“It is also an adverse child experience that can contribute not only to  social and psychological problems in adulthood, but also to poor physical  health, such as increased risk for heart disease, increased risk for certain  types of cancers, increased risk of substance abuse, and an overall diminished  life span compared to those who have not suffered adverse experiences in  childhood.”

John Bickel, a clinical social worker and community outreach co-ordinator  with CAP, said signs of psychological maltreatment can vary significantly from  one child to another and even with the same child over time.

Some indicators might include:

— Dramatic changes in mood and the ability to relate to others: for  instance, “the docile and quiet child, who becomes defensive, angry and lashes  out at other children due to internal feelings of (poor) self-worth or  self-image.”

— Injurious behaviours, including delinquency, disordered eating or  cutting.

“In particular, the first three years are crucial,” Bickel said by email. “For example, an infant that does not get nurturing and adequate quantity and  quality social interaction may not bond with caregivers … The result is an  inability to form meaningful and healthy social relationships into the  future.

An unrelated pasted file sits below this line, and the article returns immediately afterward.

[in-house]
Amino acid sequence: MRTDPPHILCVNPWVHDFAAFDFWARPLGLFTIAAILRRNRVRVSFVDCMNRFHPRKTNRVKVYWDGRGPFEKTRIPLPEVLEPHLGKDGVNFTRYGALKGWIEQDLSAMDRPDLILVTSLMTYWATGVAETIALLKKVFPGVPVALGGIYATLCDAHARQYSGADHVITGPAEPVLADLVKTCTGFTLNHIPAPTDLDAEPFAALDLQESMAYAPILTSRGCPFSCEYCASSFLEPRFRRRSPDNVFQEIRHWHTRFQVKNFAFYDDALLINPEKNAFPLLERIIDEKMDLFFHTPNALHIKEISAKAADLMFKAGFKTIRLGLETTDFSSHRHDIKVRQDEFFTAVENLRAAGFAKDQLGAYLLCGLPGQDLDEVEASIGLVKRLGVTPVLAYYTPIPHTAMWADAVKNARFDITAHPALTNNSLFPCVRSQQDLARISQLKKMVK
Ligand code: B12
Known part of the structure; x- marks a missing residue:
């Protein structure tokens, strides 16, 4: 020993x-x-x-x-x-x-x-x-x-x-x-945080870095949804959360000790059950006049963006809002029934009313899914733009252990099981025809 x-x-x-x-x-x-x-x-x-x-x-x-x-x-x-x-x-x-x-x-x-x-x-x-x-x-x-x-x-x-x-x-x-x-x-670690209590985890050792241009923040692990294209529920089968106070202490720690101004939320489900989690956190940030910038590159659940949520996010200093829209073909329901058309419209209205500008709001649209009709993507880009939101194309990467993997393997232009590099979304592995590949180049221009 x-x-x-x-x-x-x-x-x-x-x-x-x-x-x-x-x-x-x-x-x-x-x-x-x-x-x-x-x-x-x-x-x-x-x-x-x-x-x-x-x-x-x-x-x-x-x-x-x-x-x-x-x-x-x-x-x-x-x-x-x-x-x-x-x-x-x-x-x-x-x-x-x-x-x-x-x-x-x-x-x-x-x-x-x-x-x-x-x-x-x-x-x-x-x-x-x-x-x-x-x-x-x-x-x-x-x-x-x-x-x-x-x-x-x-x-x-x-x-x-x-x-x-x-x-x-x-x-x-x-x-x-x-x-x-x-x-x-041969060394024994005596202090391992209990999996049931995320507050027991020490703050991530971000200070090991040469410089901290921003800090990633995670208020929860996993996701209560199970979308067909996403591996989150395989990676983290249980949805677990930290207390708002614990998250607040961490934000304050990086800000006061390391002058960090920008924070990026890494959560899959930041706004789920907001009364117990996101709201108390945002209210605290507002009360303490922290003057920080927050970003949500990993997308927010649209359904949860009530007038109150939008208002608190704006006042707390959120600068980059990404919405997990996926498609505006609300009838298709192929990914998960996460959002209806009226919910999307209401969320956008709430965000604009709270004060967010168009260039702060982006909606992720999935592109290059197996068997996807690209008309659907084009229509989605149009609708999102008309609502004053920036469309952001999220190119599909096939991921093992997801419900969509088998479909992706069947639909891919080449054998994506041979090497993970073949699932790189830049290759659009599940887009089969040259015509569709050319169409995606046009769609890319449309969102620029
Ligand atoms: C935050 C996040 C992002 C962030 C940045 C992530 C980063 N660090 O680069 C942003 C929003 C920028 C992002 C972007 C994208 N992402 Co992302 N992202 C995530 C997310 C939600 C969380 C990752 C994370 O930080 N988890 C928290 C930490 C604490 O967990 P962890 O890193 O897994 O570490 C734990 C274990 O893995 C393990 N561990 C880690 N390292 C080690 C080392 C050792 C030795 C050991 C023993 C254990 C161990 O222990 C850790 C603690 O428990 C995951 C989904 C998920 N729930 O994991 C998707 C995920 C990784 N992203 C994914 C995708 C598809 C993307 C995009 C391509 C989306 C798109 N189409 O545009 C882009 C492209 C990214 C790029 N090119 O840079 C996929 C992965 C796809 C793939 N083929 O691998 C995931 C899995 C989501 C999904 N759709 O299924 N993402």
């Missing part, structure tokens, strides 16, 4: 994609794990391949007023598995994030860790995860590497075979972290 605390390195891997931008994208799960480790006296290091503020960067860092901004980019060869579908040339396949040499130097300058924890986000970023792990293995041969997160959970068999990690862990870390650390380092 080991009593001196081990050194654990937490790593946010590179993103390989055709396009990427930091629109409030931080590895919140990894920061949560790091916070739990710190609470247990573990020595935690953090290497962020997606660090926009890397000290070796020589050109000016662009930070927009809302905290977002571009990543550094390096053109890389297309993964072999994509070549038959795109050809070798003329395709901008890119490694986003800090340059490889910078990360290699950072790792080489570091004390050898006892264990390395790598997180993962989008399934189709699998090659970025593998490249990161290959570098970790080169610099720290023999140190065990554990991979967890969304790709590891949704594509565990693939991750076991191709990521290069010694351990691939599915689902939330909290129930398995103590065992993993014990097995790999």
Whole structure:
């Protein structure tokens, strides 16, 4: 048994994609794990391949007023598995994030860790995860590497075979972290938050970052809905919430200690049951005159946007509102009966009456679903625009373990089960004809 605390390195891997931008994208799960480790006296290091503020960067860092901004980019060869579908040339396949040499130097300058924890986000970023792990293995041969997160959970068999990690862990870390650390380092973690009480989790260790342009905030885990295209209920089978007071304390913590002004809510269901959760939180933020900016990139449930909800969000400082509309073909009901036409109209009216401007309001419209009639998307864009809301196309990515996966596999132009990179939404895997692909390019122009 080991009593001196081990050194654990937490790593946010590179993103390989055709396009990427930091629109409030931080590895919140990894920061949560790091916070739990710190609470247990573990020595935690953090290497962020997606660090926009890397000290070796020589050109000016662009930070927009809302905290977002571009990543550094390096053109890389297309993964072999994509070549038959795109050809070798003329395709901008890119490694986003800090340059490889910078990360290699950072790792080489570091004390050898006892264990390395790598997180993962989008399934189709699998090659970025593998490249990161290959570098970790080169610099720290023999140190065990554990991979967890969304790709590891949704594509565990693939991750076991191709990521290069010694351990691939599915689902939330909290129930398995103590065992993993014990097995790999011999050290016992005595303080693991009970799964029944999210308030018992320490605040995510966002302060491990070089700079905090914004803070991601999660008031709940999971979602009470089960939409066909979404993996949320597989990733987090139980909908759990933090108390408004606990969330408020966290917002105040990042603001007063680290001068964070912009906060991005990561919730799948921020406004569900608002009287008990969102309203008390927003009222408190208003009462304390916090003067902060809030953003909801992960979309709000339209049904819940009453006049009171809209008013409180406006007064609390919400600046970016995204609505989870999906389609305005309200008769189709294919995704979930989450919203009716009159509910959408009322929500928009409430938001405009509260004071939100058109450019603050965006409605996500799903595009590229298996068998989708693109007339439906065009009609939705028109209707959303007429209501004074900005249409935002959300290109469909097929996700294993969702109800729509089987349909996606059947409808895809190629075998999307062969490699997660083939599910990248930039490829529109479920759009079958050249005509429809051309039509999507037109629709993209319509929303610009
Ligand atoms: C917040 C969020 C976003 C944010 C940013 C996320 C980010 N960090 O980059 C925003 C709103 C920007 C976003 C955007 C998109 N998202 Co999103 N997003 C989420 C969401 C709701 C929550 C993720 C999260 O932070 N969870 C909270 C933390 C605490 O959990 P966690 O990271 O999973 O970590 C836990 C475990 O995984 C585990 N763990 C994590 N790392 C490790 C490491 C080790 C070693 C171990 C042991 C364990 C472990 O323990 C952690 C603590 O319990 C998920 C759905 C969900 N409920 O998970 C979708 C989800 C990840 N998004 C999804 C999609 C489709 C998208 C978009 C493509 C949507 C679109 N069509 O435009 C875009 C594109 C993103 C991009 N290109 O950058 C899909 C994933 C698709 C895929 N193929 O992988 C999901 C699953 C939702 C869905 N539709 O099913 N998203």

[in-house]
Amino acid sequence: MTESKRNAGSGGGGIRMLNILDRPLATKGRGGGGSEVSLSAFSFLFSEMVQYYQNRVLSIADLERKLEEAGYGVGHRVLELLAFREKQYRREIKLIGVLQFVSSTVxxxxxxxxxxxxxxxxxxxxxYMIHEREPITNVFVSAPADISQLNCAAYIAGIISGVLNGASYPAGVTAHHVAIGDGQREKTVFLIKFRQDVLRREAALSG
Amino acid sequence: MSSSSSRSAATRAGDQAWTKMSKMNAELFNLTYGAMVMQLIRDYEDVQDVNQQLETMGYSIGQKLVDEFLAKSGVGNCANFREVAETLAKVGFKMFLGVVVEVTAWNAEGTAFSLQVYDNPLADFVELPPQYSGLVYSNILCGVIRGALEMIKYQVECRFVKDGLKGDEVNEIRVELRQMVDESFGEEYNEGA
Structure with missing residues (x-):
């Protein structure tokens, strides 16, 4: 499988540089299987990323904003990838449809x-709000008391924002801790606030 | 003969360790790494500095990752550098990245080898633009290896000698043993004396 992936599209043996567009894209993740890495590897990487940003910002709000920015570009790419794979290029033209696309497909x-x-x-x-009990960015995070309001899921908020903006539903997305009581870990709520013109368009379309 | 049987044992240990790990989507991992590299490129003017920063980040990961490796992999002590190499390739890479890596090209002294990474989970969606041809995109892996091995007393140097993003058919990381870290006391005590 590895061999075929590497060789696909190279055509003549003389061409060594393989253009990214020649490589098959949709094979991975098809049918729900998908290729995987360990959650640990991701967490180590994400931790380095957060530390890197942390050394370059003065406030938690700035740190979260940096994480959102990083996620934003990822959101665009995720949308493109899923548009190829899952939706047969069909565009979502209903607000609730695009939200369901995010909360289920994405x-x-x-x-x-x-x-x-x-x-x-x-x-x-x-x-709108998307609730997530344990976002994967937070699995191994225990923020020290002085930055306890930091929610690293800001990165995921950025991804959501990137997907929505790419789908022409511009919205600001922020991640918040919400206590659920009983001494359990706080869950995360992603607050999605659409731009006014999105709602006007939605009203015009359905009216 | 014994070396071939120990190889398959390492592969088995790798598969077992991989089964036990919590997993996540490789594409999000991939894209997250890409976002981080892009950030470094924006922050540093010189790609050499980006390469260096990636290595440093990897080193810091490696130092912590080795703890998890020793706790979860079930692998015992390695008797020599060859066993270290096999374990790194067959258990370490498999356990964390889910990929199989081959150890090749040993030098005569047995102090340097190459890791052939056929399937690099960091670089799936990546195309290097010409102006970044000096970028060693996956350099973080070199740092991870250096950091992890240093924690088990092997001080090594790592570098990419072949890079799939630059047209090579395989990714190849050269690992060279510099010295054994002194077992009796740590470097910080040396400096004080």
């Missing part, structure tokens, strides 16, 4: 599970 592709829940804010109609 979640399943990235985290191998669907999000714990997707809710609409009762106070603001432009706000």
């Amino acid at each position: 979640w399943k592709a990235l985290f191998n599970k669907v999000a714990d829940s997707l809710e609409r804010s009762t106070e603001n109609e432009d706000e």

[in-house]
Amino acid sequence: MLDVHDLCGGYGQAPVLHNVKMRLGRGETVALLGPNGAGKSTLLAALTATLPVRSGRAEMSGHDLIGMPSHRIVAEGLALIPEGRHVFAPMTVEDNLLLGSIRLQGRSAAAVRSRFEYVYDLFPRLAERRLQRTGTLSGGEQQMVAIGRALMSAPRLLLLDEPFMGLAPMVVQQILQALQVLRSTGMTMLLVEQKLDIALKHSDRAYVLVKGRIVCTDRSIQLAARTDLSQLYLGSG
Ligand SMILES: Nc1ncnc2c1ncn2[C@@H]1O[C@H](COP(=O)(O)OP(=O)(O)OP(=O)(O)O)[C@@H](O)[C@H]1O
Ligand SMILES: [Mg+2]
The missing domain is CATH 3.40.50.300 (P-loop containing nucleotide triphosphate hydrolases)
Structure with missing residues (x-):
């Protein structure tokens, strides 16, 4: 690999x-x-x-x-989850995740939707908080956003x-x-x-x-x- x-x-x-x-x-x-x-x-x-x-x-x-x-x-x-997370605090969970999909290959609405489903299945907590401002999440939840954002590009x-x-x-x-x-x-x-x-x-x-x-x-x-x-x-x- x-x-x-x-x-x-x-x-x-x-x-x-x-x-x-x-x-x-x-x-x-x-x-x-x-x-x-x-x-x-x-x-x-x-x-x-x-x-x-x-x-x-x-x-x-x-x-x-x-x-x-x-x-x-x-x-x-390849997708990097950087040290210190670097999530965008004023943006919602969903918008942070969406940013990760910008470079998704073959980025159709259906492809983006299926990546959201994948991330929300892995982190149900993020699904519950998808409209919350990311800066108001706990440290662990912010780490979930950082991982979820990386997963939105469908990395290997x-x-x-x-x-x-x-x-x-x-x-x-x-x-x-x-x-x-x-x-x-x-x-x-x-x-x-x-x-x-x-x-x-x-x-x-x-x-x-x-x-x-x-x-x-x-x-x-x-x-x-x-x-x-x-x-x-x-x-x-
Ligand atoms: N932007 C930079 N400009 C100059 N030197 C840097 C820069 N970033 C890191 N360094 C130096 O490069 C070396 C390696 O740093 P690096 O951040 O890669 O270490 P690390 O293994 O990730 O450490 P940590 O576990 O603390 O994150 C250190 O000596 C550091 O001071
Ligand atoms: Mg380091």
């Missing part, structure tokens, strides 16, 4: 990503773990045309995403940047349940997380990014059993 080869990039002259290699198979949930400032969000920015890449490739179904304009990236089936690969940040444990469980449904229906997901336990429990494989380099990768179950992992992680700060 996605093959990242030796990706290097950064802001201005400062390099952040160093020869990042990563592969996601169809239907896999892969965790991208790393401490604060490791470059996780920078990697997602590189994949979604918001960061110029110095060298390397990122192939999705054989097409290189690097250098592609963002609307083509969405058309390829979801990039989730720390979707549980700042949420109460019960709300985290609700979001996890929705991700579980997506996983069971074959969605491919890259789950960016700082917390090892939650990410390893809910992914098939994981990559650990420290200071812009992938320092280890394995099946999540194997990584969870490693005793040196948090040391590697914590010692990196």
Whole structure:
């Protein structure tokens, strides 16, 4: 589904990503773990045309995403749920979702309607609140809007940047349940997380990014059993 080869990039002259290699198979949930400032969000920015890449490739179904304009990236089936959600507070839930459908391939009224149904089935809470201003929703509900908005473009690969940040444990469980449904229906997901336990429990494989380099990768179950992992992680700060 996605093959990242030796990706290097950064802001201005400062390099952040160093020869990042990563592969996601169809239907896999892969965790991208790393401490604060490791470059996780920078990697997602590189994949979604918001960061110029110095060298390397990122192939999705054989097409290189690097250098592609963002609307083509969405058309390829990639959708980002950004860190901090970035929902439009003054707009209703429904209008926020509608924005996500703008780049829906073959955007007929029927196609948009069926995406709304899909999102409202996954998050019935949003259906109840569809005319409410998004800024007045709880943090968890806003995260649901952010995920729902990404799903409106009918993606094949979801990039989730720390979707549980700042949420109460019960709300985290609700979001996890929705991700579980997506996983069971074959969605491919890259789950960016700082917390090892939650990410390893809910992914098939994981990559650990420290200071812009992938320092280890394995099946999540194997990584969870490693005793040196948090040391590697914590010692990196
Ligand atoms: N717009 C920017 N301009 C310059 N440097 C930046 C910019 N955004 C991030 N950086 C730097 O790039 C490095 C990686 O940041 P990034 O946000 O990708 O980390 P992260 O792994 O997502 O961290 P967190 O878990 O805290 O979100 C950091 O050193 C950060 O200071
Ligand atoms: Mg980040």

“The effects of this are difficult or impossible to completely erase. Bruises  will usually heal, psychological scars might not.”

MacMillan said pediatricians and other clinicians working with children need  to be sensitive to the signs of psychological abuse and should take the time to  speak to a young patient alone if they suspect emotional maltreatment.

“We need to interview the child and hear from the child what their life is  like, what are their relationships with their caregivers are like,” she said

“We need to really be alert to what children are experiencing. And  professionals need to make it clear to parents that they’re available to help  discuss parent-child interactions and what is helpful for  kids.”

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1 Response to Psychological maltreatment can be as harmful to kids as physical abuse: report

  1. MSkillz says:

    I am not surprised to read this…Psychological/emotional/verbal mistreatment can really eat away at you. Especially tough for little kids who don’t understand it, and tend to internalize such negative messages because they cannot react to them 😦
    Be nice to the kids, I say! 😉